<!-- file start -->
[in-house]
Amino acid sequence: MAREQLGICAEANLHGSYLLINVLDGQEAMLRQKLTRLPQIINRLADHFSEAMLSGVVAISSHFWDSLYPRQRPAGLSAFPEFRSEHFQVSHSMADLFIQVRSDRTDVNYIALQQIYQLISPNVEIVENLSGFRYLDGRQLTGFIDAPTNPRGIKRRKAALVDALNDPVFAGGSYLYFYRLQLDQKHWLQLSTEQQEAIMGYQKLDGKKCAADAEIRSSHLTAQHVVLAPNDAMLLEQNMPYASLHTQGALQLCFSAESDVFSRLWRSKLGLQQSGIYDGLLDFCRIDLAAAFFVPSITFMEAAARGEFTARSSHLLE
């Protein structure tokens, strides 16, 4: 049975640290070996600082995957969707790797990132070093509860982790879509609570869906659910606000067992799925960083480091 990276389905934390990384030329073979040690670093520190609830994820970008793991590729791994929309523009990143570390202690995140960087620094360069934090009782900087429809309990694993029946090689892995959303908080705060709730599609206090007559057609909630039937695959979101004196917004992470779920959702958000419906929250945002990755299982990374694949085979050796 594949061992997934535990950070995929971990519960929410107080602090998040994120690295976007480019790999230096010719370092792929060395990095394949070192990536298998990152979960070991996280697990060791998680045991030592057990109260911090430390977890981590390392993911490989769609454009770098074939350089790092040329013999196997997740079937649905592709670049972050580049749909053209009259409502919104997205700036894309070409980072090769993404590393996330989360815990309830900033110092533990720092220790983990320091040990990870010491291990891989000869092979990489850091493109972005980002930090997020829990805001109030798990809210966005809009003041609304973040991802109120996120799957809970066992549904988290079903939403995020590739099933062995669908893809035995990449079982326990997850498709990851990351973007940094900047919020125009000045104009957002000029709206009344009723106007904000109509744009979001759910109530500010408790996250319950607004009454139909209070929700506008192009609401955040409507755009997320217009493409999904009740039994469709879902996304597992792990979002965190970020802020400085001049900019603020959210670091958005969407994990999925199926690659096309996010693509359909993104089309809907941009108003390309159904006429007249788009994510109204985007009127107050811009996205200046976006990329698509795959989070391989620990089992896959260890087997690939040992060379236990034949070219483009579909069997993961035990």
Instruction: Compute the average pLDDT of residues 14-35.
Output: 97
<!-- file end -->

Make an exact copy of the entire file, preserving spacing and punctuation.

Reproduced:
[in-house]
Amino acid sequence: MAREQLGICAEANLHGSYLLINVLDGQEAMLRQKLTRLPQIINRLADHFSEAMLSGVVAISSHFWDSLYPRQRPAGLSAFPEFRSEHFQVSHSMADLFIQVRSDRTDVNYIALQQIYQLISPNVEIVENLSGFRYLDGRQLTGFIDAPTNPRGIKRRKAALVDALNDPVFAGGSYLYFYRLQLDQKHWLQLSTEQQEAIMGYQKLDGKKCAADAEIRSSHLTAQHVVLAPNDAMLLEQNMPYASLHTQGALQLCFSAESDVFSRLWRSKLGLQQSGIYDGLLDFCRIDLAAAFFVPSITFMEAAARGEFTARSSHLLE
């Protein structure tokens, strides 16, 4: 049975640290070996600082995957969707790797990132070093509860982790879509609570869906659910606000067992799925960083480091 990276389905934390990384030329073979040690670093520190609830994820970008793991590729791994929309523009990143570390202690995140960087620094360069934090009782900087429809309990694993029946090689892995959303908080705060709730599609206090007559057609909630039937695959979101004196917004992470779920959702958000419906929250945002990755299982990374694949085979050796 594949061992997934535990950070995929971990519960929410107080602090998040994120690295976007480019790999230096010719370092792929060395990095394949070192990536298998990152979960070991996280697990060791998680045991030592057990109260911090430390977890981590390392993911490989769609454009770098074939350089790092040329013999196997997740079937649905592709670049972050580049749909053209009259409502919104997205700036894309070409980072090769993404590393996330989360815990309830900033110092533990720092220790983990320091040990990870010491291990891989000869092979990489850091493109972005980002930090997020829990805001109030798990809210966005809009003041609304973040991802109120996120799957809970066992549904988290079903939403995020590739099933062995669908893809035995990449079982326990997850498709990851990351973007940094900047919020125009000045104009957002000029709206009344009723106007904000109509744009979001759910109530500010408790996250319950607004009454139909209070929700506008192009609401955040409507755009997320217009493409999904009740039994469709879902996304597992792990979002965190970020802020400085001049900019603020959210670091958005969407994990999925199926690659096309996010693509359909993104089309809907941009108003390309159904006429007249788009994510109204985007009127107050811009996205200046976006990329698509795959989070391989620990089992896959260890087997690939040992060379236990034949070219483009579909069997993961035990």
Instruction: Compute the average pLDDT of residues 14-35.
Output: 97